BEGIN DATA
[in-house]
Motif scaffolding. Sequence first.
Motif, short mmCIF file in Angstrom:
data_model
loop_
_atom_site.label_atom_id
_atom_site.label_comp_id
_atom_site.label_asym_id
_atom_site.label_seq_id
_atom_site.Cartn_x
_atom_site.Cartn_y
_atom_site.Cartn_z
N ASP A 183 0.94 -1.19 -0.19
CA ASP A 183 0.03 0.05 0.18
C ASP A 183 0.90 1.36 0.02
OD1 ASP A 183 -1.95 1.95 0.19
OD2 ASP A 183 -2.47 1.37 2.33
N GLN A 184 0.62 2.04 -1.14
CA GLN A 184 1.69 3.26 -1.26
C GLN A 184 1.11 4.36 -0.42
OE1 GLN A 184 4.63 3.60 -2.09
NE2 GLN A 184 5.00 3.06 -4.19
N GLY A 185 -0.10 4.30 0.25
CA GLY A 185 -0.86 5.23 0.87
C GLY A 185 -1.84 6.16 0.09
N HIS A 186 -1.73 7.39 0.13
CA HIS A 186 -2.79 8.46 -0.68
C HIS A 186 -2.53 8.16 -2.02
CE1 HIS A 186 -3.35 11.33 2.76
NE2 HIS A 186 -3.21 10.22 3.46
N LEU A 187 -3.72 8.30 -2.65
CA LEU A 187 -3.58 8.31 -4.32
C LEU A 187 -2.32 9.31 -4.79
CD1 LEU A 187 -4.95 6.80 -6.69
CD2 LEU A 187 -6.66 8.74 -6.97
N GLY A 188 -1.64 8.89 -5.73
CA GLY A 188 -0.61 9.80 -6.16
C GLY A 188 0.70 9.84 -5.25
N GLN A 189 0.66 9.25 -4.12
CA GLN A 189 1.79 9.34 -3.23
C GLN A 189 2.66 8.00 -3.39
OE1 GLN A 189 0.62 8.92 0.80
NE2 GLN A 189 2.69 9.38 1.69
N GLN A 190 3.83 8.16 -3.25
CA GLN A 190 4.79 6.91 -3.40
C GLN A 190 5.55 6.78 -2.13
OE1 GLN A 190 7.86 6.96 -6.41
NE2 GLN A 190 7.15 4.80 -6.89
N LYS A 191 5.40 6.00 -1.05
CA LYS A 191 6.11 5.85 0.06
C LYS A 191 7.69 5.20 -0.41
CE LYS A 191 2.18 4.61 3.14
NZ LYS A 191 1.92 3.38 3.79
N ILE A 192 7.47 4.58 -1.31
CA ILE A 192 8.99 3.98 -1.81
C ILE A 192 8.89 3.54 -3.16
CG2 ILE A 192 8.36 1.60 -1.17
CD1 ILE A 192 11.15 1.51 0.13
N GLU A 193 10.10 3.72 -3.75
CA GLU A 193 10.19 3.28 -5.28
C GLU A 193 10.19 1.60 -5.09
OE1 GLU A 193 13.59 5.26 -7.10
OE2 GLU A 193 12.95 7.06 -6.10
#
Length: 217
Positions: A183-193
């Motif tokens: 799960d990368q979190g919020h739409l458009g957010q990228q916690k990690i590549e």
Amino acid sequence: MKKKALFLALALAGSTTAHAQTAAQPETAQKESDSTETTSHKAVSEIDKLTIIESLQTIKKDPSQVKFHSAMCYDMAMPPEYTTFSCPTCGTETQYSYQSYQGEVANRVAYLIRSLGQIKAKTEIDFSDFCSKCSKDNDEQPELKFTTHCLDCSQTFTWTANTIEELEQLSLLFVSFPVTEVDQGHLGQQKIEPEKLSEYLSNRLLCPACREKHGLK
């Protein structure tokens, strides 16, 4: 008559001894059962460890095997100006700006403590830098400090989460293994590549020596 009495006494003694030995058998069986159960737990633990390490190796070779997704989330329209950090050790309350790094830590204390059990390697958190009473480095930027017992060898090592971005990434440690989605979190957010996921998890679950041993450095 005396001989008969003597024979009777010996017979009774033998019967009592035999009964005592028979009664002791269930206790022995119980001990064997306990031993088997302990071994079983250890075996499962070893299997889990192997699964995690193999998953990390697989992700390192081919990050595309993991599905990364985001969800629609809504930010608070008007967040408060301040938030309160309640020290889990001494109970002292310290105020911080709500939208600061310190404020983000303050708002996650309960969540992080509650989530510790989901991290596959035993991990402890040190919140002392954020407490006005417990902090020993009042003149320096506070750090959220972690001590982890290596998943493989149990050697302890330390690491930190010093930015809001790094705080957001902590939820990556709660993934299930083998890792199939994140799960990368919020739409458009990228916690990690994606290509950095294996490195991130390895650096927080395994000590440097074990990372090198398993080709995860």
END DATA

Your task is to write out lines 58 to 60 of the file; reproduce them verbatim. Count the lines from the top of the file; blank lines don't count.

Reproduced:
CD1 ILE A 192 11.15 1.51 0.13
N GLU A 193 10.10 3.72 -3.75
CA GLU A 193 10.19 3.28 -5.28